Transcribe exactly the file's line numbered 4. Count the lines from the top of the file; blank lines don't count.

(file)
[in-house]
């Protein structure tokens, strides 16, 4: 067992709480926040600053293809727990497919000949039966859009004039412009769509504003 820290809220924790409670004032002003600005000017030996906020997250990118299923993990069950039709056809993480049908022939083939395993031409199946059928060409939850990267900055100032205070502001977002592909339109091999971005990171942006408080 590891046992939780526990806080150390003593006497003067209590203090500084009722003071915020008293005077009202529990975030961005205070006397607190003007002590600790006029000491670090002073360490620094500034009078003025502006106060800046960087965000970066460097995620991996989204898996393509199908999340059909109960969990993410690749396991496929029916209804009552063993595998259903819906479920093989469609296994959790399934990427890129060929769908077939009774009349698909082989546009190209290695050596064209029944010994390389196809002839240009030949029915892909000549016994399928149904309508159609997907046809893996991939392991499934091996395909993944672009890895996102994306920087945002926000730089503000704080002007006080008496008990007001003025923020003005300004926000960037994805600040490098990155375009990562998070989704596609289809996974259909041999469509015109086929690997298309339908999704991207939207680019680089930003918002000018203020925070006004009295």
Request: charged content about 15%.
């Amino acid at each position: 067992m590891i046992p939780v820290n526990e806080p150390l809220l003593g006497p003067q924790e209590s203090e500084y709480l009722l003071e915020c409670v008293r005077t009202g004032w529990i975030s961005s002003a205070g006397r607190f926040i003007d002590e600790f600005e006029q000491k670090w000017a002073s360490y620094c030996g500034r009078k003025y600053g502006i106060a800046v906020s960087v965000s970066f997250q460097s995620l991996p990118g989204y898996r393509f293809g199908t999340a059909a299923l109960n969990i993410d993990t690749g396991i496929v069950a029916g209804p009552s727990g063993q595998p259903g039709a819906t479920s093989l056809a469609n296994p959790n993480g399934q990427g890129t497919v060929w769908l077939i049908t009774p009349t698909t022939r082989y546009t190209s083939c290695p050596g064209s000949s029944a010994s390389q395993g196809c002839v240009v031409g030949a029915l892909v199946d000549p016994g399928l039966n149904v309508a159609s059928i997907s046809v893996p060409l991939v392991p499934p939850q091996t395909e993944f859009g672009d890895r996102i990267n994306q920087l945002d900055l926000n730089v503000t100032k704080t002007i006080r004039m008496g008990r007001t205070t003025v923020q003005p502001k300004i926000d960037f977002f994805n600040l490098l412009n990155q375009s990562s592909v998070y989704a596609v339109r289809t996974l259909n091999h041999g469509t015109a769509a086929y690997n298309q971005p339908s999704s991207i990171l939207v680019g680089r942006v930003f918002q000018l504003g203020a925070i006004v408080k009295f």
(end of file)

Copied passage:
């Amino acid at each position: 067992m590891i046992p939780v820290n526990e806080p150390l809220l003593g006497p003067q924790e209590s203090e500084y709480l009722l003071e915020c409670v008293r005077t009202g004032w529990i975030s961005s002003a205070g006397r607190f926040i003007d002590e600790f600005e006029q000491k670090w000017a002073s360490y620094c030996g500034r009078k003025y600053g502006i106060a800046v906020s960087v965000s970066f997250q460097s995620l991996p990118g989204y898996r393509f293809g199908t999340a059909a299923l109960n969990i993410d993990t690749g396991i496929v069950a029916g209804p009552s727990g063993q595998p259903g039709a819906t479920s093989l056809a469609n296994p959790n993480g399934q990427g890129t497919v060929w769908l077939i049908t009774p009349t698909t022939r082989y546009t190209s083939c290695p050596g064209s000949s029944a010994s390389q395993g196809c002839v240009v031409g030949a029915l892909v199946d000549p016994g399928l039966n149904v309508a159609s059928i997907s046809v893996p060409l991939v392991p499934p939850q091996t395909e993944f859009g672009d890895r996102i990267n994306q920087l945002d900055l926000n730089v503000t100032k704080t002007i006080r004039m008496g008990r007001t205070t003025v923020q003005p502001k300004i926000d960037f977002f994805n600040l490098l412009n990155q375009s990562s592909v998070y989704a596609v339109r289809t996974l259909n091999h041999g469509t015109a769509a086929y690997n298309q971005p339908s999704s991207i990171l939207v680019g680089r942006v930003f918002q000018l504003g203020a925070i006004v408080k009295f």